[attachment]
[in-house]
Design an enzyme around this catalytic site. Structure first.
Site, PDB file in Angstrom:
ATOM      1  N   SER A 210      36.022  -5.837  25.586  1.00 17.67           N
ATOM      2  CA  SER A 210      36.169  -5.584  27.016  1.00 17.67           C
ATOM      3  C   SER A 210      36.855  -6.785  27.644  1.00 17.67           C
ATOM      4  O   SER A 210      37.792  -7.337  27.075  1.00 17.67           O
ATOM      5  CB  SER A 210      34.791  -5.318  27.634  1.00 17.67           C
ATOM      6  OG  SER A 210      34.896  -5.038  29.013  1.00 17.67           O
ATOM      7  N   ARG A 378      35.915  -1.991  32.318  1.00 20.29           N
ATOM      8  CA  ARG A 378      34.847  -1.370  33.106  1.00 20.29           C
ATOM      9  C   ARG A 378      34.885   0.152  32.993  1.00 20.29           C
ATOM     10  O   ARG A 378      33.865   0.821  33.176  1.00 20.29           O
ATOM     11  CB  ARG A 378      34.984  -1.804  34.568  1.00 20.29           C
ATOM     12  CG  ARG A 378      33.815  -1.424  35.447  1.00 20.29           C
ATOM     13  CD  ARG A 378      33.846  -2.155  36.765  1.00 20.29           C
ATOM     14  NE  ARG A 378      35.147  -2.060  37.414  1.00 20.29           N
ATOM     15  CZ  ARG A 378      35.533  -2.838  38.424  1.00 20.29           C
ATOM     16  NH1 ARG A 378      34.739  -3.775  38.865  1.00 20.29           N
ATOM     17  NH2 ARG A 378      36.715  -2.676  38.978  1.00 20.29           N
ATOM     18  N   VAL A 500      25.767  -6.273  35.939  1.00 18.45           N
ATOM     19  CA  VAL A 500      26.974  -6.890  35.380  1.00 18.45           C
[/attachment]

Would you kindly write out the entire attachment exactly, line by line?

[in-house]
Design an enzyme around this catalytic site. Structure first.
Site, PDB file in Angstrom:
ATOM      1  N   SER A 210      36.022  -5.837  25.586  1.00 17.67           N
ATOM      2  CA  SER A 210      36.169  -5.584  27.016  1.00 17.67           C
ATOM      3  C   SER A 210      36.855  -6.785  27.644  1.00 17.67           C
ATOM      4  O   SER A 210      37.792  -7.337  27.075  1.00 17.67           O
ATOM      5  CB  SER A 210      34.791  -5.318  27.634  1.00 17.67           C
ATOM      6  OG  SER A 210      34.896  -5.038  29.013  1.00 17.67           O
ATOM      7  N   ARG A 378      35.915  -1.991  32.318  1.00 20.29           N
ATOM      8  CA  ARG A 378      34.847  -1.370  33.106  1.00 20.29           C
ATOM      9  C   ARG A 378      34.885   0.152  32.993  1.00 20.29           C
ATOM     10  O   ARG A 378      33.865   0.821  33.176  1.00 20.29           O
ATOM     11  CB  ARG A 378      34.984  -1.804  34.568  1.00 20.29           C
ATOM     12  CG  ARG A 378      33.815  -1.424  35.447  1.00 20.29           C
ATOM     13  CD  ARG A 378      33.846  -2.155  36.765  1.00 20.29           C
ATOM     14  NE  ARG A 378      35.147  -2.060  37.414  1.00 20.29           N
ATOM     15  CZ  ARG A 378      35.533  -2.838  38.424  1.00 20.29           C
ATOM     16  NH1 ARG A 378      34.739  -3.775  38.865  1.00 20.29           N
ATOM     17  NH2 ARG A 378      36.715  -2.676  38.978  1.00 20.29           N
ATOM     18  N   VAL A 500      25.767  -6.273  35.939  1.00 18.45           N
ATOM     19  CA  VAL A 500      26.974  -6.890  35.380  1.00 18.45           C